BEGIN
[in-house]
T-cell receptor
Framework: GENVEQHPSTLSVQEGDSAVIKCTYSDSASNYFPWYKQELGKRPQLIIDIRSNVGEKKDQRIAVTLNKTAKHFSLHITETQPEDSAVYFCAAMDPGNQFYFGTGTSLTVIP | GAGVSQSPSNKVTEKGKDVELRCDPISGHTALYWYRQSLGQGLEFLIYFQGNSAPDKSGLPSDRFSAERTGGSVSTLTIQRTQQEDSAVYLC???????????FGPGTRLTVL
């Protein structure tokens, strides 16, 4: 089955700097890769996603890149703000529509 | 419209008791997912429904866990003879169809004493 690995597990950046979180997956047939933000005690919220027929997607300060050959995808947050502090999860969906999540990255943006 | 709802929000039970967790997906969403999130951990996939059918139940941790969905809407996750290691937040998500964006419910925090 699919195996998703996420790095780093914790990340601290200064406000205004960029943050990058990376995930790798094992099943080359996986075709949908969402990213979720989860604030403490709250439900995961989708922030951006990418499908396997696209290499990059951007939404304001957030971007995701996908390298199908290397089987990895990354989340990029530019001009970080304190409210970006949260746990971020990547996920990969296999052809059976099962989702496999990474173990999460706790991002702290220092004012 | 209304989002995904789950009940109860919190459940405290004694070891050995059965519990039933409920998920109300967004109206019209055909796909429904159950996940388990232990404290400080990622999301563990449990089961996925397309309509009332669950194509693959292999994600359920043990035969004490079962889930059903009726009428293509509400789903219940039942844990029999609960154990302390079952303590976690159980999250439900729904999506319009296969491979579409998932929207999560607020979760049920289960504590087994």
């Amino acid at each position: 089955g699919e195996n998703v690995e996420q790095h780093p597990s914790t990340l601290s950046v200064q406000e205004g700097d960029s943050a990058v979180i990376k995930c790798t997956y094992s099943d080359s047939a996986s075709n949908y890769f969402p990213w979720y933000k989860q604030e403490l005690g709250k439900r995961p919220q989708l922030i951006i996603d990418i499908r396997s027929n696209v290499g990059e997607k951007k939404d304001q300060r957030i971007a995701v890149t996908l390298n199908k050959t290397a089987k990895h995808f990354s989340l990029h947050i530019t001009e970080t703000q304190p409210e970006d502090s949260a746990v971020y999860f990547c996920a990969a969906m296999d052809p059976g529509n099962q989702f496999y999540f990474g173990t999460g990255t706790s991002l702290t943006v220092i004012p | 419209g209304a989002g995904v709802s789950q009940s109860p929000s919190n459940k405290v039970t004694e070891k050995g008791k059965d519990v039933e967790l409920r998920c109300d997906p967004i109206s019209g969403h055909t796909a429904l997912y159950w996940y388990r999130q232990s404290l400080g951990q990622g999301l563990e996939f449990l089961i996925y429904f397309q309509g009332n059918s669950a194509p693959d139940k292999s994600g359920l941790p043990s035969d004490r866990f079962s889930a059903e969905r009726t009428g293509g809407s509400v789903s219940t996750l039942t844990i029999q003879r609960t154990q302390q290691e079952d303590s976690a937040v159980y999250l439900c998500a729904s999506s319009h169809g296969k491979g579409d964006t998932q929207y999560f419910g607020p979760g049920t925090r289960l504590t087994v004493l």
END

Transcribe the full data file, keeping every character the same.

[in-house]
T-cell receptor
Framework: GENVEQHPSTLSVQEGDSAVIKCTYSDSASNYFPWYKQELGKRPQLIIDIRSNVGEKKDQRIAVTLNKTAKHFSLHITETQPEDSAVYFCAAMDPGNQFYFGTGTSLTVIP | GAGVSQSPSNKVTEKGKDVELRCDPISGHTALYWYRQSLGQGLEFLIYFQGNSAPDKSGLPSDRFSAERTGGSVSTLTIQRTQQEDSAVYLC???????????FGPGTRLTVL
């Protein structure tokens, strides 16, 4: 089955700097890769996603890149703000529509 | 419209008791997912429904866990003879169809004493 690995597990950046979180997956047939933000005690919220027929997607300060050959995808947050502090999860969906999540990255943006 | 709802929000039970967790997906969403999130951990996939059918139940941790969905809407996750290691937040998500964006419910925090 699919195996998703996420790095780093914790990340601290200064406000205004960029943050990058990376995930790798094992099943080359996986075709949908969402990213979720989860604030403490709250439900995961989708922030951006990418499908396997696209290499990059951007939404304001957030971007995701996908390298199908290397089987990895990354989340990029530019001009970080304190409210970006949260746990971020990547996920990969296999052809059976099962989702496999990474173990999460706790991002702290220092004012 | 209304989002995904789950009940109860919190459940405290004694070891050995059965519990039933409920998920109300967004109206019209055909796909429904159950996940388990232990404290400080990622999301563990449990089961996925397309309509009332669950194509693959292999994600359920043990035969004490079962889930059903009726009428293509509400789903219940039942844990029999609960154990302390079952303590976690159980999250439900729904999506319009296969491979579409998932929207999560607020979760049920289960504590087994």
């Amino acid at each position: 089955g699919e195996n998703v690995e996420q790095h780093p597990s914790t990340l601290s950046v200064q406000e205004g700097d960029s943050a990058v979180i990376k995930c790798t997956y094992s099943d080359s047939a996986s075709n949908y890769f969402p990213w979720y933000k989860q604030e403490l005690g709250k439900r995961p919220q989708l922030i951006i996603d990418i499908r396997s027929n696209v290499g990059e997607k951007k939404d304001q300060r957030i971007a995701v890149t996908l390298n199908k050959t290397a089987k990895h995808f990354s989340l990029h947050i530019t001009e970080t703000q304190p409210e970006d502090s949260a746990v971020y999860f990547c996920a990969a969906m296999d052809p059976g529509n099962q989702f496999y999540f990474g173990t999460g990255t706790s991002l702290t943006v220092i004012p | 419209g209304a989002g995904v709802s789950q009940s109860p929000s919190n459940k405290v039970t004694e070891k050995g008791k059965d519990v039933e967790l409920r998920c109300d997906p967004i109206s019209g969403h055909t796909a429904l997912y159950w996940y388990r999130q232990s404290l400080g951990q990622g999301l563990e996939f449990l089961i996925y429904f397309q309509g009332n059918s669950a194509p693959d139940k292999s994600g359920l941790p043990s035969d004490r866990f079962s889930a059903e969905r009726t009428g293509g809407s509400v789903s219940t996750l039942t844990i029999q003879r609960t154990q302390q290691e079952d303590s976690a937040v159980y999250l439900c998500a729904s999506s319009h169809g296969k491979g579409d964006t998932q929207y999560f419910g607020p979760g049920t925090r289960l504590t087994v004493l």